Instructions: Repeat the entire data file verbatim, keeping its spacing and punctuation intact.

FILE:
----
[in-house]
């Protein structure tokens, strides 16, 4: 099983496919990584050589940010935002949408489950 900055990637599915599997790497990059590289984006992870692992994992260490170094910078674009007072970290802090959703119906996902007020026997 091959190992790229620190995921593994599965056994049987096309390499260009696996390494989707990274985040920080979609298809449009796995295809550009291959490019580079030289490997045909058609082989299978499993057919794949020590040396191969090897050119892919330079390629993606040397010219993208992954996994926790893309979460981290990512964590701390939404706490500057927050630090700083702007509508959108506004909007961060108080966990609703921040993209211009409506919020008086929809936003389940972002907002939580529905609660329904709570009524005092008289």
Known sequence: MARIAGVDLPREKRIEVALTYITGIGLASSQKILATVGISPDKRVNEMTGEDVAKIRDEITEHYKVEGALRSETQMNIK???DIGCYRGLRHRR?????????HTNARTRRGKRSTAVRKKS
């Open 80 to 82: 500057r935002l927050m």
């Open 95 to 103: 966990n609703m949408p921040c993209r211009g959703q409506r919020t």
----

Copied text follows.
[in-house]
């Protein structure tokens, strides 16, 4: 099983496919990584050589940010935002949408489950 900055990637599915599997790497990059590289984006992870692992994992260490170094910078674009007072970290802090959703119906996902007020026997 091959190992790229620190995921593994599965056994049987096309390499260009696996390494989707990274985040920080979609298809449009796995295809550009291959490019580079030289490997045909058609082989299978499993057919794949020590040396191969090897050119892919330079390629993606040397010219993208992954996994926790893309979460981290990512964590701390939404706490500057927050630090700083702007509508959108506004909007961060108080966990609703921040993209211009409506919020008086929809936003389940972002907002939580529905609660329904709570009524005092008289």
Known sequence: MARIAGVDLPREKRIEVALTYITGIGLASSQKILATVGISPDKRVNEMTGEDVAKIRDEITEHYKVEGALRSETQMNIK???DIGCYRGLRHRR?????????HTNARTRRGKRSTAVRKKS
């Open 80 to 82: 500057r935002l927050m």
């Open 95 to 103: 966990n609703m949408p921040c993209r211009g959703q409506r919020t």